Opinion at 30-31 (footnotes omitted).
The SEC rejected the argument, which the two courts found convincing, that the Supreme Court decision in Freytag v. Commissioner, 501 U.S. 868 (1991), supported the opposite conclusion, arguing that the “special trial judges” at issue in Freytag were more important than the SEC ALJs: “The far greater role and powers of the special trial judges relative to Commission ALJs, in our view, makes Freytag inapposite here.” Opinion at 32. The reasons for this view were:
First, unlike the ALJs whose decisions are reviewed de novo, the special trial judges made factual findings to which the Tax Court was required to defer, unless clearly erroneous. Second, the special trial judges were authorized by statute to “render the [final] decisions of the Tax Court” in significant, fully-litigated proceedings involving declaratory judgments and amounts in controversy below $10,000. As discussed above, our ALJs issue initial decisions that are not final unless the Commission takes some further action. Third, the Tax Court (and by extension the court’s special tax judges) exercised “a portion of the judicial power of the United States,” including the “authority to punish contempts by fine or imprisonment.” Commission ALJs, by contrast, do not possess such authority.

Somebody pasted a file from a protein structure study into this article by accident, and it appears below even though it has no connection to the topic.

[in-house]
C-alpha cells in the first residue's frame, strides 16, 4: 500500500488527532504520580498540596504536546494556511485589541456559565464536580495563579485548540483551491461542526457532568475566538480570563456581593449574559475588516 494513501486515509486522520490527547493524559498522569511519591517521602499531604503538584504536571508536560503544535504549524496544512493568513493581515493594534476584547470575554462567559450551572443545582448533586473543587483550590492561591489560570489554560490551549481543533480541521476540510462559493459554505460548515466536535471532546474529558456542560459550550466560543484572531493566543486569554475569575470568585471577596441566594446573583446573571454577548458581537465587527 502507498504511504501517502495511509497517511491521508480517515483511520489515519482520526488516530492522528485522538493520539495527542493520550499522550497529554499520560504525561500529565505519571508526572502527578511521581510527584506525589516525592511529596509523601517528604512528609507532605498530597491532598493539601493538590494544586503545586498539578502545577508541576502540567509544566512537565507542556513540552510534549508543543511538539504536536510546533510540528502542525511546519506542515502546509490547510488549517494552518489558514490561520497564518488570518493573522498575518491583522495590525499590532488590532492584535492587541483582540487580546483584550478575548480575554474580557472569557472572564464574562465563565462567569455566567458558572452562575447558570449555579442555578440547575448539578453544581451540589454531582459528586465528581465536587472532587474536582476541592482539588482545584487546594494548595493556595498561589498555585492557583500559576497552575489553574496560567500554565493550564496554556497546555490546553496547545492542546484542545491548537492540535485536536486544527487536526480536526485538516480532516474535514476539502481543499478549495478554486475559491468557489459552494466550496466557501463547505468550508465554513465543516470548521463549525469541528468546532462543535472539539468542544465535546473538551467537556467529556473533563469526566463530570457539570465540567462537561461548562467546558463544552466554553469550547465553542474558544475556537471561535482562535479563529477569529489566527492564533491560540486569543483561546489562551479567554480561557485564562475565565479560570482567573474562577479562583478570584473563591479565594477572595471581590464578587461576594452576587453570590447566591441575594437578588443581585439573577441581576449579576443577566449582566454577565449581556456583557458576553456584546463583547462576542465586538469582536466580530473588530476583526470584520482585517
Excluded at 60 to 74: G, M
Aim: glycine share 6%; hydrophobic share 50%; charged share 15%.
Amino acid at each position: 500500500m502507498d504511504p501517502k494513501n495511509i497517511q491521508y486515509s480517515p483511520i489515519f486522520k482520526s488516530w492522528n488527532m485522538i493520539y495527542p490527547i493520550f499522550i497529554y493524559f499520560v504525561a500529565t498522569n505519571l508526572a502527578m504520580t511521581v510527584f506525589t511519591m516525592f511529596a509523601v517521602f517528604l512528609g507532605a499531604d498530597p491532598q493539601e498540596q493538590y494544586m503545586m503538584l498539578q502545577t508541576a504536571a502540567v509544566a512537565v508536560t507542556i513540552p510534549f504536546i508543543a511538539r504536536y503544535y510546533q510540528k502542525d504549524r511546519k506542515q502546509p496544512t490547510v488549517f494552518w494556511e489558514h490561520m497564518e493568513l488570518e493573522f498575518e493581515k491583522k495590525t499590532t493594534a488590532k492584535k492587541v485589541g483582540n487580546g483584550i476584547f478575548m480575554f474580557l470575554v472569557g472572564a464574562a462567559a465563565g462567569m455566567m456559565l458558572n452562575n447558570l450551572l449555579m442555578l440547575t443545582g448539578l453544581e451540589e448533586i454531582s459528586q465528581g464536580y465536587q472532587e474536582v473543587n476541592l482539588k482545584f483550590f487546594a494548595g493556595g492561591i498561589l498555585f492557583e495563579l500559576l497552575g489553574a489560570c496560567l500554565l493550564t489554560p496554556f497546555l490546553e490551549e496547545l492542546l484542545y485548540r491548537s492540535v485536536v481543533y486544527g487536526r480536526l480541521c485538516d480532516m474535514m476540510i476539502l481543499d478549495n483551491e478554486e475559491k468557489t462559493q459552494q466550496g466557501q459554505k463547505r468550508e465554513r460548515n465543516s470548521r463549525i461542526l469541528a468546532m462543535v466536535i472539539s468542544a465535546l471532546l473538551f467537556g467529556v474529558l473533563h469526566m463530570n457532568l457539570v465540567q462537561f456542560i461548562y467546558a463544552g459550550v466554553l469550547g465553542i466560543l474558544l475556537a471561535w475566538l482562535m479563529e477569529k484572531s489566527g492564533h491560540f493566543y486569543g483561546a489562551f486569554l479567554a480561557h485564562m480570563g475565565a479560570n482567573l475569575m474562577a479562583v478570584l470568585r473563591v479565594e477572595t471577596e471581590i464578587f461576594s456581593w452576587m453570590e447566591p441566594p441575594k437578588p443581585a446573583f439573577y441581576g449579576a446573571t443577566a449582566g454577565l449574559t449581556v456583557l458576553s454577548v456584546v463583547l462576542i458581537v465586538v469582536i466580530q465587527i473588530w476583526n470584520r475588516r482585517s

Based on the foregoing, we conclude that the mix of duties and powers of our ALJs is similar in all material respects to the duties and role of the FDIC’s ALJs in Landry. Accordingly, we follow Landry, and we conclude that our ALJs are not “inferior officers” under the Appointments Clause.
Id. at 32-33 (footnotes omitted).
The reasoning is minimalist. It ignores the decisions of the two federal courts. It does not address the array of powers the SEC ALJs have that may differ from FDIC ALJs. It does not explain why it believes that the differences it found between the “special trial judges” in Freytag and its own ALJs are of sufficient importance to warrant a different result. And it does not discuss other Supreme Court decisions addressing when adjudicative officials should be considered to be “inferior officers.” See Challenges to the Constitutionality of SEC Administrative Proceedings in Peixoto and Stilwell May Have Merit.
None of this is surprising. There was zero chance the SEC was going to rule against its own appointments of ALJs. That is one reason why decisions of several federal courts that the SEC should be given the chance to address the issue before the courts did, while perhaps lawyerly, seem so pointless. But nothing about this opinion presents a compelling argument that the ALJs are mere employees, given the broad array of powers they have in determining how administrative cases are litigated and ultimately decided. And, because the SEC essentially chooses to adopt the rationale of the majority in Landry v. FDIC rather than address the hard issues itself, it is unlikely that any appellate court outside of the D.C. Circuit, where Landry was decided, should, or would, be swayed by what the Commission had to say on the issue.
September 4, 2015